I loved Willow as a character – she’s delightfully odd. I loved Mai and Pattie and how they take charge of Willow, and get Dell to do what they need and want. There’s a few too many happy coincidences throughout the book, but I can forgive it because I liked the characters so much.

Heartwarming and uplifting, I really enjoyed it.

Find the book: Print | Kindle | Audible | Goodreads

Publisher’s Description:
In the tradition of Out of My Mind, Wonder, and Mockingbird, this is an intensely moving middle grade novel about being an outsider, coping with loss, and discovering the true meaning of family.

Willow Chance is a twelve-year-old genius, obsessed with nature and diagnosing medical conditions, who finds it comforting to count by 7s. It has never been easy for her to connect with anyone other than her adoptive parents, but that hasn’t kept her from leading a quietly happy life… until now.

Suddenly Willow’s world is tragically changed when her parents both die in a car crash, leaving her alone in a baffling world. The triumph of this book is that it is not a tragedy. This extraordinarily odd, but extraordinarily endearing, girl manages to push through her grief. Her journey to find a fascinatingly diverse and fully believable surrogate family is a joy and a revelation to read.

Book Details

Title: Counting By 7s
Author: Holly Goldberg Sloan
Category: Middle Grade Fiction
My Rating: 4 Stars

Disclosure: This post contains affiliate links. Thank you for supporting The Deliberate Reader!

Previously on The Deliberate Reader

One year ago: 12 Sports Books to Read if You Liked “The Boys in the Boat”

A Single Shard by Linda Sue Park

A Single ShardA Single ShardA Single Shard by Linda Sue Park by Linda Sue Park

I read this when I was pre-reading/re-reading books for the family book club’s Korea theme. Ultimately I recommended we select When My Name Was Keoko as the middle grade/teen book, feeling that it gave a better balance to our pairing, but want to still encourage anyone interested in children’s literature or historical fiction to give this one a try – it’s fantastic.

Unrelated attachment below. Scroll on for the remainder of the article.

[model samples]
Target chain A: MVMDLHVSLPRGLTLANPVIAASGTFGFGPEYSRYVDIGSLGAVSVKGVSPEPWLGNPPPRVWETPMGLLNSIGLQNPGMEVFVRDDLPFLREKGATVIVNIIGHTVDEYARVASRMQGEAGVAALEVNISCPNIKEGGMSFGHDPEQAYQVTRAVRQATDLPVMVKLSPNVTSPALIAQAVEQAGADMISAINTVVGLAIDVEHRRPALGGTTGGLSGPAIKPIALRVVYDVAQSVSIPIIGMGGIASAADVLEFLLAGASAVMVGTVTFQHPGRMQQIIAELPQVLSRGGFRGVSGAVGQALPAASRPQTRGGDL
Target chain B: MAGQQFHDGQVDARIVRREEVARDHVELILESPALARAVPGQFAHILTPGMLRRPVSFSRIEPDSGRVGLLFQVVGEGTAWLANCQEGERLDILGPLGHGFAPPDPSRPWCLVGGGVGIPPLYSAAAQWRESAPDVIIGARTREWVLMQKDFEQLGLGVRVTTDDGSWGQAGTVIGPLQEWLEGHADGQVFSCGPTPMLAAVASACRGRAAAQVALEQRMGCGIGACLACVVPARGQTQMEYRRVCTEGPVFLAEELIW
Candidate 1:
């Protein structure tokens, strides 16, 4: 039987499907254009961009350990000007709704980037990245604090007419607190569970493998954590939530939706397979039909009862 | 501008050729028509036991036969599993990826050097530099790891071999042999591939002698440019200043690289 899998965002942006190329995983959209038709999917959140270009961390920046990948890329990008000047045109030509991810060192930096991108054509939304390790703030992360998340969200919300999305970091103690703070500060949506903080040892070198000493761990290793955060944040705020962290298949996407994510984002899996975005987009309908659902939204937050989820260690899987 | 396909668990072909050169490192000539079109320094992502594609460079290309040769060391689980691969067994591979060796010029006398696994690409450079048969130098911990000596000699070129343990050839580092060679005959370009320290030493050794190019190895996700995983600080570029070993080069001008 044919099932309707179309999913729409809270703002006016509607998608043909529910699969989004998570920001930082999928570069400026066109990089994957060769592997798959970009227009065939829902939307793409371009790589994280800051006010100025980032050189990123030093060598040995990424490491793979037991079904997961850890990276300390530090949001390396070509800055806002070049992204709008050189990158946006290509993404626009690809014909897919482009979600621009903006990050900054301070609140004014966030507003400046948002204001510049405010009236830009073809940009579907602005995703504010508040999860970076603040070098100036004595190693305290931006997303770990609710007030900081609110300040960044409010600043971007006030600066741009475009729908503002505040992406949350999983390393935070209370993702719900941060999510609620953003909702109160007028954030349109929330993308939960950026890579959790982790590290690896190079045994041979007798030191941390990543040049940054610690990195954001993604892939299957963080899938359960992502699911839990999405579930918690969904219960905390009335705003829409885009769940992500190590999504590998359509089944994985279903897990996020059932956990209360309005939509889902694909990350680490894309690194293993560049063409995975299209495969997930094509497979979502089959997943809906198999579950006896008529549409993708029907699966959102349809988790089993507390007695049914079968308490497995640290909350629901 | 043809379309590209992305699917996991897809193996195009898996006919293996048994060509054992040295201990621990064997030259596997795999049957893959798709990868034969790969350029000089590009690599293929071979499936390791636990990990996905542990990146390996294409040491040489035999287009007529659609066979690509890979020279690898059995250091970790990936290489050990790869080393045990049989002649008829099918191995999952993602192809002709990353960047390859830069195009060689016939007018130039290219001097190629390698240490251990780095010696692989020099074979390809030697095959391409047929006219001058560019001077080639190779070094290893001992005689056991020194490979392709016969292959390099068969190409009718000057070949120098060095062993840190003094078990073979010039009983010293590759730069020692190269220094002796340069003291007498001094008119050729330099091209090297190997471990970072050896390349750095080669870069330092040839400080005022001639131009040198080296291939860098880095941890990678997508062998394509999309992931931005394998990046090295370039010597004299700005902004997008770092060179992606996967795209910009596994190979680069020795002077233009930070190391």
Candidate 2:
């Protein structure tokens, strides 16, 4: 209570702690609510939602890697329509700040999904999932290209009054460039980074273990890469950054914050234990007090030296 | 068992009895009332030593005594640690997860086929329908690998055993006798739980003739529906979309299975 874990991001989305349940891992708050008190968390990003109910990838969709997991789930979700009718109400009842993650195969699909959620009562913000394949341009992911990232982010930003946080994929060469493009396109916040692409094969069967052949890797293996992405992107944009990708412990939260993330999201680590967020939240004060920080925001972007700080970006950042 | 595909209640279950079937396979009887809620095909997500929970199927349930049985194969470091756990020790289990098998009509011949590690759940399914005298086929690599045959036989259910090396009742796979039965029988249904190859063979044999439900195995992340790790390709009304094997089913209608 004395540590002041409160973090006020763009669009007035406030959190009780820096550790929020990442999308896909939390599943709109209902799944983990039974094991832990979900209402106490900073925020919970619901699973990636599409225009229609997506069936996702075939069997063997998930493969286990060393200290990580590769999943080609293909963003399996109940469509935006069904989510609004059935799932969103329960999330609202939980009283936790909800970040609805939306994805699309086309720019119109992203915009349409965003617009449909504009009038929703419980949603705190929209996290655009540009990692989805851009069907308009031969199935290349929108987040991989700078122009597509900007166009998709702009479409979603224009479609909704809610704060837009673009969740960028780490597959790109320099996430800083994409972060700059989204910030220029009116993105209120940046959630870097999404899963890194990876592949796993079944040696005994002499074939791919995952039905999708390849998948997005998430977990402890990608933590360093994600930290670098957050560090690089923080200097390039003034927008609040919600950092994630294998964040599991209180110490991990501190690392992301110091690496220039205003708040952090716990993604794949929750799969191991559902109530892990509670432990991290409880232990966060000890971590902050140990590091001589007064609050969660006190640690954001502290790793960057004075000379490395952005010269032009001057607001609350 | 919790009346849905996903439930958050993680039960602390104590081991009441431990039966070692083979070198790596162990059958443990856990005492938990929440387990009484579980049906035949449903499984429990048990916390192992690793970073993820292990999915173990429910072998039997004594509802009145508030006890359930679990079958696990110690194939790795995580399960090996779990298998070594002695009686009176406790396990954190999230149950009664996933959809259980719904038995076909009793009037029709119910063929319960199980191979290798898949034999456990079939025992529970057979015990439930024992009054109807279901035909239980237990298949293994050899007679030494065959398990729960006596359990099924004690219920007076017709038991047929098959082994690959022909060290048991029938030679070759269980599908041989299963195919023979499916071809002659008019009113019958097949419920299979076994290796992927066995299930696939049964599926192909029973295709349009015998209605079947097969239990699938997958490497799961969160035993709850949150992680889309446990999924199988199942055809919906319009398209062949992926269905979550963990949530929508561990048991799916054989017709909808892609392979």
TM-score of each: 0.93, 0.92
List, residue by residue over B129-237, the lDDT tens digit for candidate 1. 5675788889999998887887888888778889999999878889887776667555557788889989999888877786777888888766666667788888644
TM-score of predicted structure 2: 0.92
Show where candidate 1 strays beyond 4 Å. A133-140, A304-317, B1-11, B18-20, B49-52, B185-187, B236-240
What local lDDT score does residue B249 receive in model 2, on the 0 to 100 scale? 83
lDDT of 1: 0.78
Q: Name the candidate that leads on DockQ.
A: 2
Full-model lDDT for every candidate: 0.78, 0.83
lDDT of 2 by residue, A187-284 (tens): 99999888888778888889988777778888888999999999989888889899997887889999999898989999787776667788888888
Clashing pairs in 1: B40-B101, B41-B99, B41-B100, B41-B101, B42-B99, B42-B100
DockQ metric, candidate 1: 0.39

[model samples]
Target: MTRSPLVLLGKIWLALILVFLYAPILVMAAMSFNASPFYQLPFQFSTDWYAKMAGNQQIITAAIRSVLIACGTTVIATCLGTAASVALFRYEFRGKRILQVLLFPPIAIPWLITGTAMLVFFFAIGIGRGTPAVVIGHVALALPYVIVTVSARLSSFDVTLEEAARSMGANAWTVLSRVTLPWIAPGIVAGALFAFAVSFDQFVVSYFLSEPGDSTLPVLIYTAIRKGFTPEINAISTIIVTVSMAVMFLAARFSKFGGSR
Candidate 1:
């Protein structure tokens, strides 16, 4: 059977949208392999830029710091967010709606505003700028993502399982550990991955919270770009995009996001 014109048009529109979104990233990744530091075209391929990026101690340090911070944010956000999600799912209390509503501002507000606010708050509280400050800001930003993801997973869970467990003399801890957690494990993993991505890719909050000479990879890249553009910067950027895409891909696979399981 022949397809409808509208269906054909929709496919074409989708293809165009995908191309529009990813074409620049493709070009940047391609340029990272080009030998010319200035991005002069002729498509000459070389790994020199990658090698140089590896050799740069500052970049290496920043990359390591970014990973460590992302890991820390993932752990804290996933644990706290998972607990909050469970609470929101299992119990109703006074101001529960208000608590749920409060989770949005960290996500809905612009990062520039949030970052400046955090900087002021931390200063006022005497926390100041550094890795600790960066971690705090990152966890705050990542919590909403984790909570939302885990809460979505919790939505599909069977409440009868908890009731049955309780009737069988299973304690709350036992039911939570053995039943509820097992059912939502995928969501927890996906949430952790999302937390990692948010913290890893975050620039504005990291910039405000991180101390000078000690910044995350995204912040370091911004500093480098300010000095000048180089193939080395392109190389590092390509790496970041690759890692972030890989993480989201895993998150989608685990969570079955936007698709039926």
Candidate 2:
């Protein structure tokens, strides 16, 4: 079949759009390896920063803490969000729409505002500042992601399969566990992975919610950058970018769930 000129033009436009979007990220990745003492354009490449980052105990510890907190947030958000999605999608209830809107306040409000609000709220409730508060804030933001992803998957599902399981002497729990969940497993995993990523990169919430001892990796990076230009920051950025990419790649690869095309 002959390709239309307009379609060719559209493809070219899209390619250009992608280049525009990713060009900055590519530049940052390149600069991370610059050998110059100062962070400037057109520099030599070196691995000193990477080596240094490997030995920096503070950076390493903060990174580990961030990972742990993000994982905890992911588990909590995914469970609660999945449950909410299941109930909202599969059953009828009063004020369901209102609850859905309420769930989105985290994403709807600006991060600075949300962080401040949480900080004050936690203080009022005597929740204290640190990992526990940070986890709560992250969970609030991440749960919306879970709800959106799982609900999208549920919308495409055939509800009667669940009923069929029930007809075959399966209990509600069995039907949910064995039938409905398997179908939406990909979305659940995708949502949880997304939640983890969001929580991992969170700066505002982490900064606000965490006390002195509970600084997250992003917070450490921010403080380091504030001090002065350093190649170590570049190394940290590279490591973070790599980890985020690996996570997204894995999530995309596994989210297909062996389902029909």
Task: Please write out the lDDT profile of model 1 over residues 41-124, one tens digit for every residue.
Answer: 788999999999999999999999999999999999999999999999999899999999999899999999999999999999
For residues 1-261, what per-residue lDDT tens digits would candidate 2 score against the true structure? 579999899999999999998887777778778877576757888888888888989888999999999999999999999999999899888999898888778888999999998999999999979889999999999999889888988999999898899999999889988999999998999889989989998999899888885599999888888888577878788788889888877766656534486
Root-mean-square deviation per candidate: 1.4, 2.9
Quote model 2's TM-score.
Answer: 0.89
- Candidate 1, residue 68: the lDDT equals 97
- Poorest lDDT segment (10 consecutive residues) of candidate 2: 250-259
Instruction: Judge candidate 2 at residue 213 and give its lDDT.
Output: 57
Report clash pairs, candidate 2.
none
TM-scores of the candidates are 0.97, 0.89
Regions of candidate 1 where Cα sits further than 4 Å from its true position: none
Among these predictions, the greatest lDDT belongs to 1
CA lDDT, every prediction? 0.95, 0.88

Park’s writing is so beautiful, but the characterizations and themes of her novel are what make A Single Shard such a standout to me. While it’s not the right fit for me to read to my children (yet), I’m looking forward to introducing them to it when they’re older and able to appreciate the story.

And if you’re able to read the book and not feel an overwhelming urge to do some searching online for celadon pottery, you’ve got more restraint than I do. I had to go looking for some images of the pottery described in the book – such beautiful work!

Find the book: Print | Kindle | Audible | Goodreads

Publisher’s Description:
In this Newbery Medal-winning book set in 12th century Korea, Tree-ear, a 13-year-old orphan, lives under a bridge in Ch’ulp’o, a potters’ village famed for delicate celadon ware. He has become fascinated with the potter’s craft; he wants nothing more than to watch master potter Min at work, and he dreams of making a pot of his own someday. When Min takes Tree-ear on as his helper, Tree-ear is elated — until he finds obstacles in his path: the backbreaking labor of digging and hauling clay, Min’s irascible temper, and his own ignorance. But Tree-ear is determined to prove himself — even if it means taking a long, solitary journey on foot to present Min’s work in the hope of a royal commission . . . even if it means arriving at the royal court with nothing to show but a single celadon shard.